Say no to legal access to abortion
Ionesco’s Rhinoceros and the Legal Access to Abortion
[Student’s Full Name]
The Rhinoceros in the play is the most significant force in the play, both figurative and speaking. The idea of such animal trampling a town, and altering the lives of a whole community is utterly absurd. However, used as a literary device, it hits the nail on its head and conveys the true nature of human beings. That is why Ionesco’s plays hold such a prominent place in the modern European Theater, as they are capable of using the most bizarre devices to show humans and their struggles. The play depicts the savagery and fear that lie latent in the human mind, and how they are capable of show themselves as soon as a situation changes the way they conceive life.
That way, by criticizing the narrowness of people’s minds, the author shows how despite all the pretensions the characters might have, human reasoning is meaningless. If the play serves us as a door to Ionesco’s thought; it seems that to him human thinking is incapable of bringing order to the chaos of our mind. Using the irrationality contained in the play, we shall show how the legal access to abortion can be argued against. In the same way, we shall draw parallels between the issue of becoming a rhinoceros and the argument we argue against.
The rhinoceros mean change; that is undeniable. However, the key point in the play is how that change is portrayed. Although change is often seen as a necessity, not all changes are good nor desirable. Considering people must, or should have legal access to abortion is a change that must be resisted and argued against. Not necessarily on the grounds of morality or religion. However, on the grounds of the action itself. We might argue like Dudard does in the play that nobody knows what is evil or good, and those criteria are just a matter of personal preferences (Ionesco, 1960:80), but it would not be correct. On an issue as complicated as abortion, there should not exist criteria such as evil or good. The real concern in this situation is that whether people like it or not, such activity should be disregarded on the grounds of the action itself.
Berenger has an interesting opinion regarding the issue when he discusses the issue of normality and abnormality with Dudard, and he says “What does all that mean? Mass opinion, dogmatism—they’re just words! I may be mixing everything up in my head, but you’re losing yours. You don’t know what’s normal and what isn’t any more.” (Ionesco, 1960:84). This is true, and Berenger understands it. Humanity has pushed its limits too far and does not recognize whether or not its reactions and actions can be considered normal. In that light, having legal access to abortion can be considered something that has become normal only on the grounds of normality having lost its meaning.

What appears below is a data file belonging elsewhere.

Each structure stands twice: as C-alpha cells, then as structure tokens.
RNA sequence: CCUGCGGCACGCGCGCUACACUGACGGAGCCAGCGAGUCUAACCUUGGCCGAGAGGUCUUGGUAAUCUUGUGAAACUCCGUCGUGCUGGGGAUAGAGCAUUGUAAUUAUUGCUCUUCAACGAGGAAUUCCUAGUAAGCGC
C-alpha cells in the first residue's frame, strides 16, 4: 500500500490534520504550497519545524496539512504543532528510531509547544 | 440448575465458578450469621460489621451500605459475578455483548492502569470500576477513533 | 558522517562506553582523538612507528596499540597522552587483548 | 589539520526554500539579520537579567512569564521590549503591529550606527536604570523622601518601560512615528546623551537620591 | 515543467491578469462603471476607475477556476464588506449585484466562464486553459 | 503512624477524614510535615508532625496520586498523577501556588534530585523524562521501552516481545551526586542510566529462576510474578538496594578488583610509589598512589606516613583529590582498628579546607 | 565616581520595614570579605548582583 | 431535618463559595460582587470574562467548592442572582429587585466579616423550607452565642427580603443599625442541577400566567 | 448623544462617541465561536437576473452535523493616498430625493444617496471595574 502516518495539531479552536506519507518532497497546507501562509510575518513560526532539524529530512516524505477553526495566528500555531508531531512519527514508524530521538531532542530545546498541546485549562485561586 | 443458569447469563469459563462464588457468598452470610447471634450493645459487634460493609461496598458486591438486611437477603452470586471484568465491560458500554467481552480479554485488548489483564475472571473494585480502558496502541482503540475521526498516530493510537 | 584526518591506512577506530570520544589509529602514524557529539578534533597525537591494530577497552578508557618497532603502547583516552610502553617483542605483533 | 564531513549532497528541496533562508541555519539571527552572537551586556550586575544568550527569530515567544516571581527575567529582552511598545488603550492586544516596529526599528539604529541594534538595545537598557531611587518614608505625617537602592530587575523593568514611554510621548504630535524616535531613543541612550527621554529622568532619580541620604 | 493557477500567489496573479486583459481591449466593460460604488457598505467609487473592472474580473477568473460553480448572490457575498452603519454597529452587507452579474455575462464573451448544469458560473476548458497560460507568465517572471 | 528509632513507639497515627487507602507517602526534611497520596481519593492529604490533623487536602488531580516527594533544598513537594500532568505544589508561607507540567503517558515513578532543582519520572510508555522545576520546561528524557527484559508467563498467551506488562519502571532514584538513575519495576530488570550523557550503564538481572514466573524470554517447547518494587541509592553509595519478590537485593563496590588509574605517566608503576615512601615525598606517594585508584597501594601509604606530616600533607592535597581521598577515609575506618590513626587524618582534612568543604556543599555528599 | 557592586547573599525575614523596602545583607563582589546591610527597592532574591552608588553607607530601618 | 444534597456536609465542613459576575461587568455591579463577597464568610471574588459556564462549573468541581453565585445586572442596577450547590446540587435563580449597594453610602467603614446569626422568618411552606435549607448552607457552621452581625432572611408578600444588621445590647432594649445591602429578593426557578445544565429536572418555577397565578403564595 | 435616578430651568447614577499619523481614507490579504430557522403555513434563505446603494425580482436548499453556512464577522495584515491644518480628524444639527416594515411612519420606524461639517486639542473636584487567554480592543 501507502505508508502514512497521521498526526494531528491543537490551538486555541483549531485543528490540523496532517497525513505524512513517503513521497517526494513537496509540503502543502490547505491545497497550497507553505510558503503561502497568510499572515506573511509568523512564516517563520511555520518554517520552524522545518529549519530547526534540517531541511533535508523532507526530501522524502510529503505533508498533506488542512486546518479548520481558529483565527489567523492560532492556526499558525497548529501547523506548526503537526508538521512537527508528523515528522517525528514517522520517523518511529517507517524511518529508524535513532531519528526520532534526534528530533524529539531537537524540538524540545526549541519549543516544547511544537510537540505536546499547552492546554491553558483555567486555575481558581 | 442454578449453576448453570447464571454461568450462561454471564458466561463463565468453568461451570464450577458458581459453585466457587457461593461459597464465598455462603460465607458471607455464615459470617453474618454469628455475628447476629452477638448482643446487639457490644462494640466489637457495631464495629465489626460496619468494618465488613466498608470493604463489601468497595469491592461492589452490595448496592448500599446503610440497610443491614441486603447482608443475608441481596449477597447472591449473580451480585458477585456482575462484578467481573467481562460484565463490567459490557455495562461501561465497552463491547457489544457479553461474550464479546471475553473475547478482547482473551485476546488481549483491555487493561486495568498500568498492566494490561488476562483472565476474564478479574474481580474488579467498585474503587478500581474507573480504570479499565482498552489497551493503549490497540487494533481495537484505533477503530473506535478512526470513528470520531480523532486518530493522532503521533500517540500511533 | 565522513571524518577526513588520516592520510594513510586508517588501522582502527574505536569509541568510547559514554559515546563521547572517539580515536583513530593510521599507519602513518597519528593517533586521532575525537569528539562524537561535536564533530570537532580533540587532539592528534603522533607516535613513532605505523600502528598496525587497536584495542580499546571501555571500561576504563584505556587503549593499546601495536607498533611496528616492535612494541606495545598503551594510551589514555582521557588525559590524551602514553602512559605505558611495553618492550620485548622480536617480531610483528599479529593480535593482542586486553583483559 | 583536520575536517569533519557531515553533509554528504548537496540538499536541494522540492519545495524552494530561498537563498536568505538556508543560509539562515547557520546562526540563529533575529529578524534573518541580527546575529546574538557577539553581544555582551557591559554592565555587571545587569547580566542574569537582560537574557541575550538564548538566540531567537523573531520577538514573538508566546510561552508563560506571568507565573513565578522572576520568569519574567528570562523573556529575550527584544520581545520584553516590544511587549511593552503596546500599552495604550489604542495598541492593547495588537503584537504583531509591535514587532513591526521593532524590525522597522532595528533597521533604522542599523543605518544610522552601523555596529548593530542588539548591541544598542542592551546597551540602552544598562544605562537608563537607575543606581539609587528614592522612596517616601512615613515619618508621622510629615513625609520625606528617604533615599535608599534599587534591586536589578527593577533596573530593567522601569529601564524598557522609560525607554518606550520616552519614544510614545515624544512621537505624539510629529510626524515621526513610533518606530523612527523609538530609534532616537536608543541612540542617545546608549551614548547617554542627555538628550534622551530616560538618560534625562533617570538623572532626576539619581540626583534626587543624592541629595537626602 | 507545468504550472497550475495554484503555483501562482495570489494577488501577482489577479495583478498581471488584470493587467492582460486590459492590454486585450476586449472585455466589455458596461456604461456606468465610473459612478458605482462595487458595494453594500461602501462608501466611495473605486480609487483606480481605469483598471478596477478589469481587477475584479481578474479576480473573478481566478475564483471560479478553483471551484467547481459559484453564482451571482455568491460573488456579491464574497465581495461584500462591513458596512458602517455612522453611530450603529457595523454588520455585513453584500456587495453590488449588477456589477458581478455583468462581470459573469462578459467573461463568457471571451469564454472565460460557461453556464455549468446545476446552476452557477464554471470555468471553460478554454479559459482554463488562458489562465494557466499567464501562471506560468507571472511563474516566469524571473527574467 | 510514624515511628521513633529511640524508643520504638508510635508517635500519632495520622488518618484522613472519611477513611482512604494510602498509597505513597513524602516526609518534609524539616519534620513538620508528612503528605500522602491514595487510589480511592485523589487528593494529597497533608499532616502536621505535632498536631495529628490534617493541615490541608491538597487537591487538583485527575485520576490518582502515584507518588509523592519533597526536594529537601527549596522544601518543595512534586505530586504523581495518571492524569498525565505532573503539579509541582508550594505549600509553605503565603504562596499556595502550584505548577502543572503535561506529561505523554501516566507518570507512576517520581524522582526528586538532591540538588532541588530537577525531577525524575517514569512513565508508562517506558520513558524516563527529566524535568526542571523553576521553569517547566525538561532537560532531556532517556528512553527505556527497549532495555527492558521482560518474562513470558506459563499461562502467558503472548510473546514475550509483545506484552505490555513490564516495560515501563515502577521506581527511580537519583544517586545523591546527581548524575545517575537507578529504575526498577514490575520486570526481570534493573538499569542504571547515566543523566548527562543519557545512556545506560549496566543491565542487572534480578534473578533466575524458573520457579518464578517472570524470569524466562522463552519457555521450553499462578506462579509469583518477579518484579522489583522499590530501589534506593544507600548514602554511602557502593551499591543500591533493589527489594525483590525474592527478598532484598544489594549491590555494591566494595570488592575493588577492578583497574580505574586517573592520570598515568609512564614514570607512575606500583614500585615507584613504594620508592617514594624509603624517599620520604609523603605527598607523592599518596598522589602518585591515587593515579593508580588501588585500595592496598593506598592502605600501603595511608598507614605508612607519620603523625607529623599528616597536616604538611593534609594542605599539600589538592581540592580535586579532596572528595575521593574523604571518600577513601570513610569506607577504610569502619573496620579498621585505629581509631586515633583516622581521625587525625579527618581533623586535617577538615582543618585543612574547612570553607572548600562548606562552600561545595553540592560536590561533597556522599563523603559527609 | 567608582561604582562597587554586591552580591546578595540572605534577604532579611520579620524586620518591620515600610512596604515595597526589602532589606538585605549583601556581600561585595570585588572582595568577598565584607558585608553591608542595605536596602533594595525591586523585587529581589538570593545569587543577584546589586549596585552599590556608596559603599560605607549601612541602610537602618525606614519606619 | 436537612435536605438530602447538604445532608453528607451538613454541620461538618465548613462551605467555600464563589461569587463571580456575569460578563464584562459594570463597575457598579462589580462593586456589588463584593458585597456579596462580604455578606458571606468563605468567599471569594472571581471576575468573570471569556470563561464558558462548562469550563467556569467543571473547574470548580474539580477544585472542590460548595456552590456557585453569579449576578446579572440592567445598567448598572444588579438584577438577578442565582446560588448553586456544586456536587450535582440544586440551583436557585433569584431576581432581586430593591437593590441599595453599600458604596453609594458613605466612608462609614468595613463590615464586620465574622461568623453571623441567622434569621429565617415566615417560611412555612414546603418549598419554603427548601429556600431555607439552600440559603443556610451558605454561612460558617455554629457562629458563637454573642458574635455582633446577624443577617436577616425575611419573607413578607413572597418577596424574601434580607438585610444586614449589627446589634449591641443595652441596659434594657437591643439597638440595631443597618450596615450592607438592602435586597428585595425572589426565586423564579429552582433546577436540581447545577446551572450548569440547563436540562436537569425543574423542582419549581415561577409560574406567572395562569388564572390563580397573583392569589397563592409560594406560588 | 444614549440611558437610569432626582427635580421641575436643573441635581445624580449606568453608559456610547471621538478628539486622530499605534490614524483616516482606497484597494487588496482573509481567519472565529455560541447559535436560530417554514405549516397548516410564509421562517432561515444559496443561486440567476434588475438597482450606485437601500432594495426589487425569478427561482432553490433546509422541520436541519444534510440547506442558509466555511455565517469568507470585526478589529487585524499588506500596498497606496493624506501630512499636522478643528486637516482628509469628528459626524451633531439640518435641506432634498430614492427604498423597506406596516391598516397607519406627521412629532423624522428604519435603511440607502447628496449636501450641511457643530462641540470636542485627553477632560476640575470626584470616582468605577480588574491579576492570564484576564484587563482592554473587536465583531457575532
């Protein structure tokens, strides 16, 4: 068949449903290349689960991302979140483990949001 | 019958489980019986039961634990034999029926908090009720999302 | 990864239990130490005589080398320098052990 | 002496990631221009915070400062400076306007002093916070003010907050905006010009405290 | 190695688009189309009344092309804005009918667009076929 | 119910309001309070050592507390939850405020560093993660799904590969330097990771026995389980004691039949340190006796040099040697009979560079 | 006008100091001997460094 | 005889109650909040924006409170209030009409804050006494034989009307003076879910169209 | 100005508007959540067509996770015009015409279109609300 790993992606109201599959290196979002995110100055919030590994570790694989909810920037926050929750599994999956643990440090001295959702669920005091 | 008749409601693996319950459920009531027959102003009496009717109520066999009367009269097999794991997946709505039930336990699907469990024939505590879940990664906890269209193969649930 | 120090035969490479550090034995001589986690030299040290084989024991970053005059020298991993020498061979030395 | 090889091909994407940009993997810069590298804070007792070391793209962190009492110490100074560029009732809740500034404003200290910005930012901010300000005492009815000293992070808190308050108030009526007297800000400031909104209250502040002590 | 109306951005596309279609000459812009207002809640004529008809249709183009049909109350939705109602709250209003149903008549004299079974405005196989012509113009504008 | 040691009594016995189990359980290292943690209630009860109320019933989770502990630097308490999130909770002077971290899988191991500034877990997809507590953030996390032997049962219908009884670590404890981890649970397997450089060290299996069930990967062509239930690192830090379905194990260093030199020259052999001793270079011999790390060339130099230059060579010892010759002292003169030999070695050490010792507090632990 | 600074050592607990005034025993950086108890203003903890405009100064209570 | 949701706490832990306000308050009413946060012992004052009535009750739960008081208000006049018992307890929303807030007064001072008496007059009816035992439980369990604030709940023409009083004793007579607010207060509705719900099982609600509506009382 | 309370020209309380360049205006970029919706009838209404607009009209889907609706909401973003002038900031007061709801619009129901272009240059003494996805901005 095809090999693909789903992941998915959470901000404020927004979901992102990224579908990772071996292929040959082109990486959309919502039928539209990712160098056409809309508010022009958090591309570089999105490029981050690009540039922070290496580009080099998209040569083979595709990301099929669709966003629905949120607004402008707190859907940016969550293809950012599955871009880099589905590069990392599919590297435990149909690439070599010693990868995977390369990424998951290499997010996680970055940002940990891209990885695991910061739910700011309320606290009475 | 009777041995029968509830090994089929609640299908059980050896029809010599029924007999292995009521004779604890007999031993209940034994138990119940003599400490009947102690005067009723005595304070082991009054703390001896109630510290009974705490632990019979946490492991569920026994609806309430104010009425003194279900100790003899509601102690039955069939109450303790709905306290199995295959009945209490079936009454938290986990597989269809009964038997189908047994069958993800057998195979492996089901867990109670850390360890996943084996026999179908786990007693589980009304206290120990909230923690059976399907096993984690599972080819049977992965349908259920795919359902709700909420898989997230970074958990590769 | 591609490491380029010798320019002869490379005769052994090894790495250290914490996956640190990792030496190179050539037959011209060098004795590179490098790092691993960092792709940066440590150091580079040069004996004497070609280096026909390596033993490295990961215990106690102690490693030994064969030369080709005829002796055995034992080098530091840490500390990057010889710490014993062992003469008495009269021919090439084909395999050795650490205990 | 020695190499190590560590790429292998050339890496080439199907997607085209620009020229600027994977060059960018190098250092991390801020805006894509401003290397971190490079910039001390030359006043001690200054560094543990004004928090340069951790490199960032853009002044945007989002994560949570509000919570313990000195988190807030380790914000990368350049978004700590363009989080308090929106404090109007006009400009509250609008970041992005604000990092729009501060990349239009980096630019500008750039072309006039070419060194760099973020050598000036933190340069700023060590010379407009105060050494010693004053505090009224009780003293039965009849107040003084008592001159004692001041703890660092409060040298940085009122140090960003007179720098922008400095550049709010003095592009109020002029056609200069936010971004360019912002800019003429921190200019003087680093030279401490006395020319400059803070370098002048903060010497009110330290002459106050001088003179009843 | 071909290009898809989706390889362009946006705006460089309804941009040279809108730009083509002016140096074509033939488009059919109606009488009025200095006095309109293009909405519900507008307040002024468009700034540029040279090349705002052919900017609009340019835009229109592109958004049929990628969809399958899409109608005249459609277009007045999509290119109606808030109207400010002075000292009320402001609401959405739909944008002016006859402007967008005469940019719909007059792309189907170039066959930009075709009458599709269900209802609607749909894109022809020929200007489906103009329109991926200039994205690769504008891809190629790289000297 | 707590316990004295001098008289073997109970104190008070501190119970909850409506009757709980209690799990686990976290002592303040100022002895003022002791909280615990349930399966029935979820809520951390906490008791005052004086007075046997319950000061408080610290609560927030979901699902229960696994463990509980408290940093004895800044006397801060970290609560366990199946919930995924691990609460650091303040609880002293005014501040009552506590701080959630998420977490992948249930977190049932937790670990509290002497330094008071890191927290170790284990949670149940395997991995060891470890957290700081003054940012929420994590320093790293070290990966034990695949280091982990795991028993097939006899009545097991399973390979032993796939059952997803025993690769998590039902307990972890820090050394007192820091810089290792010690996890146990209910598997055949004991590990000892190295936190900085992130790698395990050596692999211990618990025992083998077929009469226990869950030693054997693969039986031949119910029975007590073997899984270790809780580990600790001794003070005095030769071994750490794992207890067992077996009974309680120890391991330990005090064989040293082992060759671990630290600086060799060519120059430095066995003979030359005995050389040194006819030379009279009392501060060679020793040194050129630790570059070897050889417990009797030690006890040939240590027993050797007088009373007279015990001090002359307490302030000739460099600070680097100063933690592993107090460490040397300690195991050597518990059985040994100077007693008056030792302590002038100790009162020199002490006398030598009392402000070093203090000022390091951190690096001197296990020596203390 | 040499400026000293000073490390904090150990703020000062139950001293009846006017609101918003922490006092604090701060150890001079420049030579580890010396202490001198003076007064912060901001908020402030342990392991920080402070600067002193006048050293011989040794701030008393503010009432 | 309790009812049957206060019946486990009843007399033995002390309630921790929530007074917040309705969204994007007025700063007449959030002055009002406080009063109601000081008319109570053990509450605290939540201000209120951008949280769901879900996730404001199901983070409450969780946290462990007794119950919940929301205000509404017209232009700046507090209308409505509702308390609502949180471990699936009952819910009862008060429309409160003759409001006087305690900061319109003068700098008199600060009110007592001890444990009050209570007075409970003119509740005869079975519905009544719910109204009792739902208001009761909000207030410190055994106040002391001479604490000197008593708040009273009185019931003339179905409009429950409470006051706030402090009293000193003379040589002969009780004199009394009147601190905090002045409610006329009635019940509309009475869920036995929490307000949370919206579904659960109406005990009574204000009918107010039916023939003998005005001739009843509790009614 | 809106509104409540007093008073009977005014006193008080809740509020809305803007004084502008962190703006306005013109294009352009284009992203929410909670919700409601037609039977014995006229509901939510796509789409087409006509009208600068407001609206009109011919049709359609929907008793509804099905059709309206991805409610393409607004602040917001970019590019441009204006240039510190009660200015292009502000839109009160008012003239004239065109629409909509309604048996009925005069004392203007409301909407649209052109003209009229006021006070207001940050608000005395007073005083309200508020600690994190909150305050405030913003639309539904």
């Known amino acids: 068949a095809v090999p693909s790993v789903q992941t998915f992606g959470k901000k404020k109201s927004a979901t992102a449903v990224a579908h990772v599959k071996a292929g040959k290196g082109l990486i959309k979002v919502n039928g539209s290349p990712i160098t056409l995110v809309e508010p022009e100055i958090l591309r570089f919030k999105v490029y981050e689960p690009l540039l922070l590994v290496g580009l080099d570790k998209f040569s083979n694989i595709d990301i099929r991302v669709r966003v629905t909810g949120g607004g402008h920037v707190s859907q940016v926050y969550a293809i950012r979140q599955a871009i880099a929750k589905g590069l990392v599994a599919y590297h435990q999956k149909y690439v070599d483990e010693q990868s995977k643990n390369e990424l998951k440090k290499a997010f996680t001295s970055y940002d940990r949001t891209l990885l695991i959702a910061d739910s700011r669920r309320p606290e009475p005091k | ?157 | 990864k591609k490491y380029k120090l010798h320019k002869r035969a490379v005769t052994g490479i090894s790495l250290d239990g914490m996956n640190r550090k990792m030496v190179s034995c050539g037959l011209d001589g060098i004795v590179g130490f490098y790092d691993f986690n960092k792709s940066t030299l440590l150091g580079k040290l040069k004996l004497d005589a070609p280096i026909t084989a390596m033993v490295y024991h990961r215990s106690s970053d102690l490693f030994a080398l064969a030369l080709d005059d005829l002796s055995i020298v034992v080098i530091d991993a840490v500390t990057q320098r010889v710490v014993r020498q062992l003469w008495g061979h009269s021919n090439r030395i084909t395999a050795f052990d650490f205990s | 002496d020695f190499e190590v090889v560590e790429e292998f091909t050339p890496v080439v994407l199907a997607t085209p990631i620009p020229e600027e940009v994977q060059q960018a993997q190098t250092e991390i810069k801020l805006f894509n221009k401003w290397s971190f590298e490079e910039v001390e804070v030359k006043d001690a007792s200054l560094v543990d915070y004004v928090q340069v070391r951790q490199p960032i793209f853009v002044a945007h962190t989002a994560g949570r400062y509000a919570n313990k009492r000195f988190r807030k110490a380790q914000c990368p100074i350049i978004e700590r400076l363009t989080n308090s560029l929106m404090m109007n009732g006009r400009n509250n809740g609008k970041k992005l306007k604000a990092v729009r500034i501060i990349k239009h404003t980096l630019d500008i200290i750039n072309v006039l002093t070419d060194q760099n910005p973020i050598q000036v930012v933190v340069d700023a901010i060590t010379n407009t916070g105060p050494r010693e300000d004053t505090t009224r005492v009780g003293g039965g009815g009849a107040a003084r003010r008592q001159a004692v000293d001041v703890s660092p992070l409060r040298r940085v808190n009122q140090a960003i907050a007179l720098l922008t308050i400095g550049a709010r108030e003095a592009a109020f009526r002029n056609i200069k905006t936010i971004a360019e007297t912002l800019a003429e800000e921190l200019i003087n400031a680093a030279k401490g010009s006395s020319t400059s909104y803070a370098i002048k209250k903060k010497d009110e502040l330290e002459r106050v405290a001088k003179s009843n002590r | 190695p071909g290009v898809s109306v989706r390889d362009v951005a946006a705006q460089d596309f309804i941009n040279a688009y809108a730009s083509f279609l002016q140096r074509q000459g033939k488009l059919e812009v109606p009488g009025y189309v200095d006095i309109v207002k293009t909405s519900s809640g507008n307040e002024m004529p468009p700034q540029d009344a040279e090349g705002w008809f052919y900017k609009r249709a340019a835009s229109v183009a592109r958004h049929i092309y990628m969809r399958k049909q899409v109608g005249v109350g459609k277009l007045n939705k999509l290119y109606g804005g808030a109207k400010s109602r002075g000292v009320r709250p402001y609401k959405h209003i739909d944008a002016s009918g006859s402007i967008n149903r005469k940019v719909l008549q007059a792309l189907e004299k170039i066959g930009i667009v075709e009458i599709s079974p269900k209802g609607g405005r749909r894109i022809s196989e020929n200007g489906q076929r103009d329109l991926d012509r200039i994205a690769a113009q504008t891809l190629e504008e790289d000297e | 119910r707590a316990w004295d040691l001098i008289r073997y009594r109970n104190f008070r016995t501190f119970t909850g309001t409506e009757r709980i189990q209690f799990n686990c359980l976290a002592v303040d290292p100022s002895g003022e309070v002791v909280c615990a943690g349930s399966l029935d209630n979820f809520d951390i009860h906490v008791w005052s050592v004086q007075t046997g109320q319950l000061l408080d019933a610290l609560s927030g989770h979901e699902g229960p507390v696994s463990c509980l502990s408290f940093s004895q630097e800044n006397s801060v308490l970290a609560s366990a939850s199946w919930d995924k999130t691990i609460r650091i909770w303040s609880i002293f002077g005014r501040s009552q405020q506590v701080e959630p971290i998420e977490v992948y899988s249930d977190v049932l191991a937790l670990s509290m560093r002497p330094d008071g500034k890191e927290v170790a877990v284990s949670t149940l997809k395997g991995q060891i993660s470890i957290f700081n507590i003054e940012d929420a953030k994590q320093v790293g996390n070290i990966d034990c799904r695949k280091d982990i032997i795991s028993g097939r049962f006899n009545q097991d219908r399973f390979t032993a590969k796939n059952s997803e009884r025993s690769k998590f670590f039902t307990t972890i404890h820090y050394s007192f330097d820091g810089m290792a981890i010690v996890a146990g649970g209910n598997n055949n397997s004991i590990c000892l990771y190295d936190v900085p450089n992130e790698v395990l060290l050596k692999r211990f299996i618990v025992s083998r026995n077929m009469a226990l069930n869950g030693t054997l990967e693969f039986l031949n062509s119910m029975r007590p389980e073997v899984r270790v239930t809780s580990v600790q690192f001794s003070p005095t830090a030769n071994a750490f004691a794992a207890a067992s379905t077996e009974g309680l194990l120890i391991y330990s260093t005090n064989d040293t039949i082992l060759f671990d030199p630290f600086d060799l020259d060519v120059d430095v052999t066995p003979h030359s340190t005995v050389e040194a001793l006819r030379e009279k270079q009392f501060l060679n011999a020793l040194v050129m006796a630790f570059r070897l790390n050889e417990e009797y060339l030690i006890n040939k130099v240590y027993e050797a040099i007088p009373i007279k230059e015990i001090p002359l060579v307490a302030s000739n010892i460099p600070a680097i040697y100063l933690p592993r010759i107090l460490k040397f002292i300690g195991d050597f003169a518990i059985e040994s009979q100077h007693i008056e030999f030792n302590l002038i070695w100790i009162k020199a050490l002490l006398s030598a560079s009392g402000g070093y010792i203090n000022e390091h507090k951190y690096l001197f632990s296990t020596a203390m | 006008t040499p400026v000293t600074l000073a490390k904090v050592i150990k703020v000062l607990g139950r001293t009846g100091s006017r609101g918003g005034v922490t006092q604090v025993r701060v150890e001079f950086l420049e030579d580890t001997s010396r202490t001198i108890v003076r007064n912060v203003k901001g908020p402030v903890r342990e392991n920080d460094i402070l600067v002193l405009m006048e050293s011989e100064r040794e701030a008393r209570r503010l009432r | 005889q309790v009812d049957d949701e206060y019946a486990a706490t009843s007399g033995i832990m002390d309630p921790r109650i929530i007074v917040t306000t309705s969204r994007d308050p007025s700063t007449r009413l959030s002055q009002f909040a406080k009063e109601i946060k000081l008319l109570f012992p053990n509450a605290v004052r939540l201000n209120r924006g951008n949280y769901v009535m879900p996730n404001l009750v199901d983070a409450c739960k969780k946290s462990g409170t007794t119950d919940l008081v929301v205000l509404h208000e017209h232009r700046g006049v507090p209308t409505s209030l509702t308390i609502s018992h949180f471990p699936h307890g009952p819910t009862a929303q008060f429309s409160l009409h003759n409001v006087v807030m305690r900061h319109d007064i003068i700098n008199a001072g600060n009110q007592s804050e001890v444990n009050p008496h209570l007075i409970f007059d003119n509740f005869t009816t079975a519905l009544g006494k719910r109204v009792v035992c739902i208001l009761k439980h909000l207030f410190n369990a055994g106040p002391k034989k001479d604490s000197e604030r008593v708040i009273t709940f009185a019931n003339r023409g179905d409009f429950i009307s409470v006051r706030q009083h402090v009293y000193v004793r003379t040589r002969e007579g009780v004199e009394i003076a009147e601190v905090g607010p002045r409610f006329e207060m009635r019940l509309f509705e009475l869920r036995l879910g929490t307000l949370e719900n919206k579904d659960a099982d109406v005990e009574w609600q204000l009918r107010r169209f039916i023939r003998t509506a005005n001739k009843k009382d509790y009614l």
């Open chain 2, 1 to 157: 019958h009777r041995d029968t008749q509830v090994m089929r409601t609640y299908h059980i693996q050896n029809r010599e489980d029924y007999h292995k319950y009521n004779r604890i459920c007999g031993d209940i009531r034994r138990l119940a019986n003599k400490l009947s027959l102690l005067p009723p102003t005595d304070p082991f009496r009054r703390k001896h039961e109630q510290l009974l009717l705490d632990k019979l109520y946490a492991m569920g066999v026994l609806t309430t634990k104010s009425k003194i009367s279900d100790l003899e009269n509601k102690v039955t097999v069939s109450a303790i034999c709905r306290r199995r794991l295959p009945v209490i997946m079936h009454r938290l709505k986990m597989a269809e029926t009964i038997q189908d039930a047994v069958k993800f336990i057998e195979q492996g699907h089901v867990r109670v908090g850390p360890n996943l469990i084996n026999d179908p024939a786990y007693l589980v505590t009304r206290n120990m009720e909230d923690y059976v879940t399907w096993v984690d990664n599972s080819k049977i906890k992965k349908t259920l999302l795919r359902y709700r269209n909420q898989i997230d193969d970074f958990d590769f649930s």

Turning into a rhinoceros does not mean become something we are not. Instead, it means starting to accept beliefs that are not inherently to adapt to society and its norms. Sometimes political correctness has been taken too far as a way to appease all appetites. As Dudard puts it “You seem very sure of yourself. Who can say where the normal stops and the abnormal begins? Can you define these conceptions of normality and abnormality” (84). The truth is that normality is impossible to argue on the grounds of normality itself. Humanity believes that it is an achievement to accept changes and provide a reason for everything they do. This is not true, as the grounds are only a construct to give our ideas a stronger support when they should be able to stand by themselves.
“(…) for a man to turn into a rhinoceros is abnormal beyond question.” (84). With those words, Berenger is giving us the key to our argument. What he is saying is that for a man, to accept changes without thinking or resisting is out of the question. Turning into a rhinoceros is, as we stated earlier, taking changes without asking. Berenger does not turn into one because he is unwilling to change without a reason. Allowing abortion as a legal alternative would be turning into a rhinoceros. It would mean we are throwing the towel and accept political correctness as the way of life, instead of wondering whether it is the best thing to do.
That is another problem of political correctness; the excessive tolerance. People think that tolerating other’s ideas is something to be praised when it means the exact opposite. Ideas should be able to gather their followers without the help of tradition or correctness. That way, without the aid of the perception of right or wrong, they would be assessed by what they are. That is why Berenger considers that men’s duty is to oppose those ideas proposed by tradition with a clear, firm mind to not be sucked in and becoming a rhinoceros (93)
Like Berenger says, “Good men make good rhinoceros, unfortunately. It’s because they are so good that they get taken in” (84). In this case, goodness can be paired with ignorance. Ignorance would believe something is correct only on the grounds of tradition and word of mouth; without stopping to think about the implications of what they are accepting. That way, when people say yes to the legal access to abortion, they are complying with something they do not understand. They are becoming rhinoceros themselves. Saying no to something so sensitive such as abortion means to oppose the mainstream on the grounds of that some things have to be fought to being understood and not accepted. That way, people would start to wonder whether those things they take in their lives are not harming them. It is said that educated people are hard to fool, and it might be true. Sometimes, saying no to those things everybody takes for granted is the best way to analyze them.
Ionesco, E. (1960). Rhinoceros, and other plays. New York: Grove Press.
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